Contains over 8 Videos
Between October 2000 and June 2002, a University of Lancaster study of the population of Kendal, a town near the Lakes District in the UK, revealed some fascinating trends in modern society's approach to, and practice of, religion and spirituality. Known as the Kendal Project, the study looked at the prevalence of regular congregational church attendance compared with the popularity of spirituality in the holistic domain. It showed that church attendance trending steadily downwards and uptake of spirituality in the holistic domain, increasing. This programme explores the scope and methodology of the Kendal Project, its findings and conclusions about modern society, religion and spirituality and examines implications and explanations of changing trends. We hear reflections from a range of people, including University of Lancaster academics involved in the Kendal project, a member of the clergy, and a modern day practising witch. It is an excellent learning resource at senior secondary and higher education levels for students of sociology, religion, values and ethics. Show Less
Designed for students who are tackling the subjects of evil and suffering in relation to the existence of God this film offers examples of what could be perceived as ‘suffering’ in the world today and explores the meaning of ‘suffering’ from a religious point of view. Comment from eminent ethicists and professional journalists discussing some of the more controversial incidents in recent years makes this resource the starting point for informed and stimulating debate. Show Less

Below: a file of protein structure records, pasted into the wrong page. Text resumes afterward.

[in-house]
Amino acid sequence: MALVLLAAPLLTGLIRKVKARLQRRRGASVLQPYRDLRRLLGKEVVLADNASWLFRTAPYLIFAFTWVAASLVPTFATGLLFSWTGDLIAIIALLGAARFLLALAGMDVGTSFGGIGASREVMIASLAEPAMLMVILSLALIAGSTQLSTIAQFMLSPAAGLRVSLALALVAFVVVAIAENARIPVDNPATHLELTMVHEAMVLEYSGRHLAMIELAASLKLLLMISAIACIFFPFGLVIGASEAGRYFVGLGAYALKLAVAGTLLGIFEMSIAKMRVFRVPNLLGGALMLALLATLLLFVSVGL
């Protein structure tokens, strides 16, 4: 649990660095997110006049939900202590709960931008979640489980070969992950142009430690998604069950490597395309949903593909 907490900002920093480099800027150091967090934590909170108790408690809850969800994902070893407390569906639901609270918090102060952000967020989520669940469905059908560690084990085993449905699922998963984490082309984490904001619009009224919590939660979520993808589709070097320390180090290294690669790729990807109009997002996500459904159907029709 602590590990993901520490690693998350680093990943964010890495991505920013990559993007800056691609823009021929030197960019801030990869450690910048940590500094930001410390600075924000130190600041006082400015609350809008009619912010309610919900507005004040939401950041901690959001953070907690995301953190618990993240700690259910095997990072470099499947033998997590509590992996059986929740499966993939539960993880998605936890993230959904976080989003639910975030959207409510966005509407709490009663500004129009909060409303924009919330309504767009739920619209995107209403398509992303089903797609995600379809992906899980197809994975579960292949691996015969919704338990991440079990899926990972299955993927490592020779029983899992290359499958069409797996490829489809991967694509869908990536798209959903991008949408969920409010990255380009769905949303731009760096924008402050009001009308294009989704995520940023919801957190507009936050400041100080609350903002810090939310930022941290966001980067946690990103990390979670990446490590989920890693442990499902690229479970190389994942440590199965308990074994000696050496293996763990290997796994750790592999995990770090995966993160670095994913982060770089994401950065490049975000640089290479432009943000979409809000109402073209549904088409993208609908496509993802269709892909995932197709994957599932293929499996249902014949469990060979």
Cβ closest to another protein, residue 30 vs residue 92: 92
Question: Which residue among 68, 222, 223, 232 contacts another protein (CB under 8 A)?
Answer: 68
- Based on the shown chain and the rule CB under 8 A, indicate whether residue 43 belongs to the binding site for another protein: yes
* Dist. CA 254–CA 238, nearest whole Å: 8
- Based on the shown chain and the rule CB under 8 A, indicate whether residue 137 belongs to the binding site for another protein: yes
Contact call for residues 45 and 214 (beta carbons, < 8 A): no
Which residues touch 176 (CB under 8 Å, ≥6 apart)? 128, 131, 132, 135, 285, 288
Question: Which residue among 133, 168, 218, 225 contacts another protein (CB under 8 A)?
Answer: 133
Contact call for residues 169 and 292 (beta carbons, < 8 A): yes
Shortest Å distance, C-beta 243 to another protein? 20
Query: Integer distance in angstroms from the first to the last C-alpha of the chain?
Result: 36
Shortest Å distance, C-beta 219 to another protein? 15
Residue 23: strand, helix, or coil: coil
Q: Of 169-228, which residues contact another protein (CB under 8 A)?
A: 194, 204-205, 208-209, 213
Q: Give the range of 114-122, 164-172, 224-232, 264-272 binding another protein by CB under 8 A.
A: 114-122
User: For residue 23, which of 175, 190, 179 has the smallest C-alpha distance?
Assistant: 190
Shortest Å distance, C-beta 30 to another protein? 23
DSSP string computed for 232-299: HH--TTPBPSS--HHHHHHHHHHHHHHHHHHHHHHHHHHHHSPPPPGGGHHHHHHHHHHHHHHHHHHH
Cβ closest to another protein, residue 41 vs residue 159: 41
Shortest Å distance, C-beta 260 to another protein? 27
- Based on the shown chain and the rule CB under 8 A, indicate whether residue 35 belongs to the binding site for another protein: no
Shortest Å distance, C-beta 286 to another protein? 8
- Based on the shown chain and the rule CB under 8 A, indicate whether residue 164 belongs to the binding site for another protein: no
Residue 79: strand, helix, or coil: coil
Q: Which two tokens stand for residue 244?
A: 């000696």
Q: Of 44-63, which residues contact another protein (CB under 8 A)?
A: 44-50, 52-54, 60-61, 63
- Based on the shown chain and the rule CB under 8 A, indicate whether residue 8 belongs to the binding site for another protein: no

What are the sacraments held within the Christian doctrine and why are they relevant to us today? This informative film seeks to define the term ‘sacrament’ and explores baptism, confirmation, The Eucharist, marriage, ordination, reconciliation, anointing and funerals from the perspective of several Christian denominations. Show Less
This programme looks at the recent turmoil for Australian asylum seekers.
You probably don’t realise it, but when you share a meal with your friends, you are involved in a ritual. Sitting around a table somehow brings us closer together, creates a sense of community. We are not only sharing food but also feelings - friendship, love, pride and a sense of belonging. This programme looks at etiquette and manners from the formal occasion of a Japanese Tea Ceremony, to a Samoan welcome ceremony, to a Christmas street party. As well, six high school students create their own special occasion. Show Less
This programme explores what's involved in running for the Senate, using the campaign of Charmaine Clarke as a case study.
This programme begins by comparing rules in games to rules in society. It then uses simple, play-acted situations involving a group of roller bladers to illustrate why we have rules, and what happens if they are not followed, or if they are unfair. The role of courts, and concepts such as tradition, custom, social order, justice and fairness are presented in a vivid uncomplicated way. Show Less
In his thought-provoking programme presented by Richard Morecroft, we ask what does it mean to be an Australian and why do we need an identity? Archival film is used to encourage discussion about traditional conceptions of the Australian image and students are invited to challenge the legends and consider how they match reality. Show Less